“There’s not another candidate who will outwork me in reaching constituents, listening to their struggles, and hustling to address their concerns,” Albright said. “I was born and raised in this community and can promise I will be here for many years to come in order to make it the best it can be for everyone who calls this place home. I’ve put in countless hours taking the time to build relationships with constituents, community and local leaders, as well as many relationships across the aisle in order to best serve my district. I have the experience, temperament, and have earned the respect necessary to bring a bright future to House District 95. I hope to continue to fight for all Oklahomans at our State Capitol on Nov. 3 and beyond.”

Wolfley has lived in Midwest City for much his life. He and his wife Brenda bought their first home in the Original Mile 44 years ago and raised their two sons and six daughters in the district.

The couple are both retired educators. Max taught and coached at Carl Albert Middle School and Carl Albert High School for 40 years. Brenda taught at Del City Elementary and Christian Heritage Academy.

Wolfley describes himself as a “pro-life teacher who supports traditional values and common-sense economic policy.”

“My priority would be making sure our tax dollars go where we think they are going and accomplish what we thought they were going to do, including fully funding education without the administrative burden of 537 district superintendents,” he said. “We also need to address the nursing shortage.”

Wolfley said the biggest challenge facing House 95 is getting the “economy back to normal.”

“To do that we need to attract new businesses and do right by the ones that are employing our families right now,” he said.

Wolfley has made unsuccessful runs for House 95 in the past. He said his motivation is the same.

“I ran in the past with the same two main goals: To make sure our tax dollars are spent wisely and protect those who can’t protect themselves,” he said.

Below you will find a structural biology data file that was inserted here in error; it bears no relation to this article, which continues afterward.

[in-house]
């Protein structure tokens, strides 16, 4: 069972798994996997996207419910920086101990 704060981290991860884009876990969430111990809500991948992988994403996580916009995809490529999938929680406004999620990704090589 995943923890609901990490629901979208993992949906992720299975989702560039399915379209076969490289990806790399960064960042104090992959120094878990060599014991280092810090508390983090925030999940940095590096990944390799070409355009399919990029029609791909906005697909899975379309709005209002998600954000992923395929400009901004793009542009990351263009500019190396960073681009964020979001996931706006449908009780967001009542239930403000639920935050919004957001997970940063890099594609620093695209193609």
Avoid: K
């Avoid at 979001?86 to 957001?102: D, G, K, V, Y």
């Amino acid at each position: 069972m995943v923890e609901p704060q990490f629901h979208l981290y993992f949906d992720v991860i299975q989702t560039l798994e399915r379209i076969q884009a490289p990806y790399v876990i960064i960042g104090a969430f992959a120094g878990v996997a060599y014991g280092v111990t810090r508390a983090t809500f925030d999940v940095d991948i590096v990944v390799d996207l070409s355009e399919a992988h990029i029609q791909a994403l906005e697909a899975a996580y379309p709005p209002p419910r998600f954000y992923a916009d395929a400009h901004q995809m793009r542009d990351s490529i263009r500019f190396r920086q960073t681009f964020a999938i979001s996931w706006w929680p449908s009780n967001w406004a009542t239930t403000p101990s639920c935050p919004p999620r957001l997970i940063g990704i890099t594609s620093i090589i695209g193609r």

Wolfley says he separates himself from his opponent through his experience as an educator and views on abortion.

“I’m the only Pro-Life candidate in this race,” he said. “As a Mid-Del teacher, I’ve seen education dollars fail to make it to the classroom for 40 years and saw it again in 2019. We can change that.”

Wolfley also criticized his opponent for several votes in the House and support for organizations that he says promote defunding law enforcement.

“I support law enforcement and the rights our veterans fought for while my opponent asks that you donate to organizations that seek to defund the police and bail rioters and looters out of jail,” he said. “She also has voted against second amendment protections, free speech on college campuses and cooperating with immigration authorities.”

Albright criticized Wolfley for switching political parties during previous runs for the seat.

“I can’t say I know a whole lot about my opponent other than that he has had several unsuccessful runs for office over the years, running as both a Republican and a Democrat at times, changing to suit his perceived winds of favor,” Albright said. “I can only say that I always stand true to my values, not looking for the Republican answer or the Democratic answer but looking for the Oklahoman answer.”

House 95 includes much of Midwest City.